A wooden pole isn’t something that comes to mind when thinking about childbirth, unless you are Amber Walters, a Clinton Township mother of one with another baby due in January.
Walters gave birth to her daughter at the St. John Providence Hospital Alternative Birth Center in Southfield. The center offers a home-like setting for delivering babies without the use of medication for induction or pain relief. Women are supported by midwives and encouraged to follow their instincts in labor.
For Walters, that meant squatting on the room’s queen-sized bed. To make it easier to remain in that position, her midwife provided her with a wooden pole. Walters’ husband supported the pole while his wife labored.
Birthing centers that feel like home
Natural childbirth centers offer women unique tools for managing pain and having an unmediated birth experience.
Tareeshia Sapp of Clinton Township delivered three of her four children at the Alternative Birth Center.
“I was able to labor in the Jacuzzi tub for most of my second labor,” says Sapp, who also had the options for subdued lighting, music and aromatherapy.
There are birth balls, which help laboring women move around, easing labor pain and possibly shorting the first stages of labor. Peanut balls, or oblong-shaped balls, can be placed between a woman’s knees to open the pelvis or used to achieve a comfortable position. These are often used for women who need or want to stay in bed. The birth centers also offer showers and tubs to help mitigate pain.
Carol Fuller, the director of Perinatal and Pediatric Services at St. John Providence Health System, all of the Alternative Birth Center rooms also have CD players, televisions, refrigerators, comfortable furniture and queen-sized beds. The On Request food program allows mothers to choose meals. The unit also has a small kitchen, equipped with a microwave oven for food preparation. Families are also allowed to bring food and drinks to the birth center.
The Karmanos Center for Natural Birth at Beaumont Hospital in Royal Oak is designed to be as home-like as possible, with soothing décor and medical equipment that isn’t prominently displayed. Like the Alternative Birth Center, it also has queen-sized beds, tubs and showers in rooms that Paula Fishbaugh, a Beaumont Health obstetrician, describes as “hotel-like.”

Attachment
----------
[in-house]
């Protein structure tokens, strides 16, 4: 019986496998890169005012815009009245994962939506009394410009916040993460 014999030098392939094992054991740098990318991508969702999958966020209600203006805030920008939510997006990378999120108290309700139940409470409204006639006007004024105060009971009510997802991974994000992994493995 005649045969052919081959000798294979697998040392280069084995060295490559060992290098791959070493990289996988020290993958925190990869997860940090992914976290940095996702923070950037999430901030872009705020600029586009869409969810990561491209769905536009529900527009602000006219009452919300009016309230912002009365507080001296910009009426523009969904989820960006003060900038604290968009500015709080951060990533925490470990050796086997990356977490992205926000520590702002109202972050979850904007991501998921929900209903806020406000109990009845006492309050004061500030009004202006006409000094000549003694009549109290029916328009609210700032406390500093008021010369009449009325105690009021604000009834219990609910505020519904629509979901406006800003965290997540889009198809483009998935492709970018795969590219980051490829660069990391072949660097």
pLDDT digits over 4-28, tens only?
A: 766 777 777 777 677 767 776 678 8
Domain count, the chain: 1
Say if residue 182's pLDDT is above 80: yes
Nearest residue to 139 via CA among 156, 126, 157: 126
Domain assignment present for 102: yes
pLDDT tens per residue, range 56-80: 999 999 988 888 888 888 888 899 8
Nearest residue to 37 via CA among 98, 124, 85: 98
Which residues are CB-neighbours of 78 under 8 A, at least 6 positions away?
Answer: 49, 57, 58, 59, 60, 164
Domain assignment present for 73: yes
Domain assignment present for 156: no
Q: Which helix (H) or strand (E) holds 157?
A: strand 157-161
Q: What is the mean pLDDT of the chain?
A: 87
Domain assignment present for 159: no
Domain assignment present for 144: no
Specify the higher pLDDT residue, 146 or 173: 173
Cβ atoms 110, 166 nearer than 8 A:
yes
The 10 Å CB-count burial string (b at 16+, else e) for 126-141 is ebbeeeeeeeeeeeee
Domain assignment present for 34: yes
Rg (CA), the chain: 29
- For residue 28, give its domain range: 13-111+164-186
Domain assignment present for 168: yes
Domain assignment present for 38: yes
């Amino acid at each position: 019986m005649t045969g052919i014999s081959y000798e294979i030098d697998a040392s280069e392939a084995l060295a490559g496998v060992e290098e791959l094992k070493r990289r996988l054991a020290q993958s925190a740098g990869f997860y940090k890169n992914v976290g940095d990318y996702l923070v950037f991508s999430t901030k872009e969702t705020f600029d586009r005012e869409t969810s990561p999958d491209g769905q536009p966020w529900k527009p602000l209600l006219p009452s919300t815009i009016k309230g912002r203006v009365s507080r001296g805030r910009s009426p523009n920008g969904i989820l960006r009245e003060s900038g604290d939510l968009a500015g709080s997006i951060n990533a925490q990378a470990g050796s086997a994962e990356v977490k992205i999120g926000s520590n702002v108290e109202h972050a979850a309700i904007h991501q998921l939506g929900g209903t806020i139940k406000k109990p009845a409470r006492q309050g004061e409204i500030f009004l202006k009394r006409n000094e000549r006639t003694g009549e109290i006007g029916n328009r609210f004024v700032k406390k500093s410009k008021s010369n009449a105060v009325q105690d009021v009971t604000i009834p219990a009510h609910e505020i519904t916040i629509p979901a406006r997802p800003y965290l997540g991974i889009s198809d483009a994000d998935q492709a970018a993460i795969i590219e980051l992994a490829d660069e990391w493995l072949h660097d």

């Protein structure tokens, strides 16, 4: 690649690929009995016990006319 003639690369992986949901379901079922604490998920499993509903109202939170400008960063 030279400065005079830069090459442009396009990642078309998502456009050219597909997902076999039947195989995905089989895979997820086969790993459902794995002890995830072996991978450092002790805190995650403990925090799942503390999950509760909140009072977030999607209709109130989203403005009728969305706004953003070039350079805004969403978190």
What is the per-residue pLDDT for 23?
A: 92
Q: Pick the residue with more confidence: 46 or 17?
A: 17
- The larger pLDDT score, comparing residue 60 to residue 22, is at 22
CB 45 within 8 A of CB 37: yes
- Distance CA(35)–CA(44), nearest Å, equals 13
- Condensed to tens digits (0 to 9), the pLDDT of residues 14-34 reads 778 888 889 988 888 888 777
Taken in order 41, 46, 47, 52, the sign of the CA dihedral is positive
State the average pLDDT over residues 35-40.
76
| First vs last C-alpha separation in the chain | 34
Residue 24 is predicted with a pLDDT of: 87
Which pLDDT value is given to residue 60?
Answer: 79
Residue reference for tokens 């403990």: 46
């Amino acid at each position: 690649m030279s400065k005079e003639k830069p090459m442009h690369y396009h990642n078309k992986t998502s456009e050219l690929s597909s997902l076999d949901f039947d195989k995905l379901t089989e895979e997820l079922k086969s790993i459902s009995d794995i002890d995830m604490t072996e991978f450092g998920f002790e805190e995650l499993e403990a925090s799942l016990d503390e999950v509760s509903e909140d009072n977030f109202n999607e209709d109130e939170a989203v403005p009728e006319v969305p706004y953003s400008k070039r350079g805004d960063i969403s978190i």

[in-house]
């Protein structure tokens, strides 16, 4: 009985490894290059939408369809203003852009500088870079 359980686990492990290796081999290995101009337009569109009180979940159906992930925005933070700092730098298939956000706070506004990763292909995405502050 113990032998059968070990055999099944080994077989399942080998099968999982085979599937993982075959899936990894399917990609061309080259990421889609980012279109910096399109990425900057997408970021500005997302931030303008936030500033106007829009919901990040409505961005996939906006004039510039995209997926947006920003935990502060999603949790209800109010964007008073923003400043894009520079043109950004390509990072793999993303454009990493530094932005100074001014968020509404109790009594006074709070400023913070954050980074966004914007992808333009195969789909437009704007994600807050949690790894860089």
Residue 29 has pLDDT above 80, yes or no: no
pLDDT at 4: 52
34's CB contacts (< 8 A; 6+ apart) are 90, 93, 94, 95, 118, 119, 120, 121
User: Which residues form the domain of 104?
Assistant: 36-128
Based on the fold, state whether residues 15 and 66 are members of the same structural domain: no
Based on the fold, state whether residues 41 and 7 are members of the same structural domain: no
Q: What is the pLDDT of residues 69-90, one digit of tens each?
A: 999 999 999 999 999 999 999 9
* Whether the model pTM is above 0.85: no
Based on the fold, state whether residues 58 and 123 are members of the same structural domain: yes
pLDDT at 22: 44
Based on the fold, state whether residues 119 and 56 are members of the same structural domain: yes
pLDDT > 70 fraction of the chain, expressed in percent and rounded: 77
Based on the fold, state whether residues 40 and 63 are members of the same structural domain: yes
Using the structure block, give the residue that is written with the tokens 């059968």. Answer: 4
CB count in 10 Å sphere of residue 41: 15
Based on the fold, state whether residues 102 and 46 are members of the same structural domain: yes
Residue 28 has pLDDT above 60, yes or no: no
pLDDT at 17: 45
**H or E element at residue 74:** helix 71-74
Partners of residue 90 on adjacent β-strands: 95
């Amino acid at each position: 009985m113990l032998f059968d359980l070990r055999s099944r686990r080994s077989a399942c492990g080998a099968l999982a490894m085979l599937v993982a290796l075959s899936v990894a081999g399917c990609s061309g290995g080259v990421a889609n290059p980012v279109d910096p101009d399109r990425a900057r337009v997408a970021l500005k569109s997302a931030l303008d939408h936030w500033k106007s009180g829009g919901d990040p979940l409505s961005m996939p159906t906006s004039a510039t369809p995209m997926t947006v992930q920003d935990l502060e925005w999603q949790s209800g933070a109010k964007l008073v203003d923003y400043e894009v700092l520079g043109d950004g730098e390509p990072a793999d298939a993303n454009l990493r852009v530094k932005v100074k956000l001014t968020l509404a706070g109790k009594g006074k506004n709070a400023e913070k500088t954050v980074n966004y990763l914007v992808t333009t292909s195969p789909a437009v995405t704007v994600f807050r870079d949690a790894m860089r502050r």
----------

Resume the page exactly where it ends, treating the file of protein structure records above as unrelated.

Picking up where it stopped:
“When you are in the room, you wouldn’t think you are in a delivery room at all,” says Fishbaugh. The patient stays in the room after the baby is born, allowing families to be together during the important bonding time.
Midwives and nursing staff
The Karmanos Center for Natural Birth also has indoor walking areas and an outdoor garden and path for walking, particularly in the early stages of labor.
One of the most unique features of either natural birth center is the nursing and midwifery staff.
“My midwife was there for me. She had three other rooms with women delivering babies, but I feel like she was with me every time I needed her there,” says Walters. “She was so loving and so supportive, yet just in the background of my labor and delivery. She even had my husband catch the baby and tell me whether it was a boy or a girl.”
Sapp says the nurses and midwives encouraged her, especially during the tough times.
“If you are uncomfortable, the nurses will make suggestions. They know some tricks and things because that’s their regular method of action,” says Sapp.
According to Fishbaugh, the nurses in the Karmanos Center for Natural Birth have had formal training in the art of natural birth.
“They have had a lot of training on relaxation techniques, aromatherapy, massage and they are there to help with finding comfortable positions benefiting the labor,” says Fishbaugh.
Fuller agreed that the nurses make the experience special.
“They have a philosophy of nursing that is very distinct. It’s a very holistic type of nursing. It takes a very special type of person to be a natural childbirth nurse. They truly believe in natural childbirth,” says Fuller.
The Alternative Birth Center is staffed with midwives and nurses, whom the patient is required to meet prior to their delivery. The midwives also keep the nurses informed of patients to ensure a special bond between them.
“The nurses spend a lot of one-on-one time with the patients in labor and get to know them and their families. It’s a different environment than your traditional birthing unit,” says Fuller. “You feel connected to the patient in a different way.”
This post was originally published in 2015 and has been updated for 2017.